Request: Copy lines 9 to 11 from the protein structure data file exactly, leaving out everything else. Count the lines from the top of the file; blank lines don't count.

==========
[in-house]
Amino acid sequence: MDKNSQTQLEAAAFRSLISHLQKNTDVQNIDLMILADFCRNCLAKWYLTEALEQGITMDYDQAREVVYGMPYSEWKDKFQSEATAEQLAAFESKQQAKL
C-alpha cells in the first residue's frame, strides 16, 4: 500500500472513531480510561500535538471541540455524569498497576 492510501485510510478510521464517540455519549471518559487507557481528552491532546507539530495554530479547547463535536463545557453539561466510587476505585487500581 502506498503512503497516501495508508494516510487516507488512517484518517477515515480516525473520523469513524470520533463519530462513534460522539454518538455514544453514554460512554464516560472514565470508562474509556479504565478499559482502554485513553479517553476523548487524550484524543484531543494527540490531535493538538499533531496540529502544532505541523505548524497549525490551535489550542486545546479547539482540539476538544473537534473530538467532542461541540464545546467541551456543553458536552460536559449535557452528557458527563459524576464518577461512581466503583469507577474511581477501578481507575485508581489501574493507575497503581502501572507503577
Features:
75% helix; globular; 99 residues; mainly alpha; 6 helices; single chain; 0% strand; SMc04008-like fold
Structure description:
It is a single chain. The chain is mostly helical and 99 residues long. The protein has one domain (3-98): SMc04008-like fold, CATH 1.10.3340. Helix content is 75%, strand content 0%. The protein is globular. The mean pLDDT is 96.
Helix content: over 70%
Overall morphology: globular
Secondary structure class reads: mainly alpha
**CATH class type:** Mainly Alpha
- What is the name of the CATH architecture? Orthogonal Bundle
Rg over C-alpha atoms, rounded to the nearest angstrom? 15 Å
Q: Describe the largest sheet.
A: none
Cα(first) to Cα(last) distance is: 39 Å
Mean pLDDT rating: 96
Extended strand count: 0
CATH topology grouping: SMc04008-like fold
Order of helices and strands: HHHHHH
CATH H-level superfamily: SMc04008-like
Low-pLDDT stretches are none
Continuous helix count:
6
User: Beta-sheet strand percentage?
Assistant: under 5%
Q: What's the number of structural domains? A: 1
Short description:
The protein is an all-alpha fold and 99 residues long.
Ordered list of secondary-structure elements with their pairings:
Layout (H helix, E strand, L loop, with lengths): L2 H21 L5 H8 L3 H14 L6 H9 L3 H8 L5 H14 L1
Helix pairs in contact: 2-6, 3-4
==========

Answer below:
Overall morphology: globular
Secondary structure class reads: mainly alpha
**CATH class type:** Mainly Alpha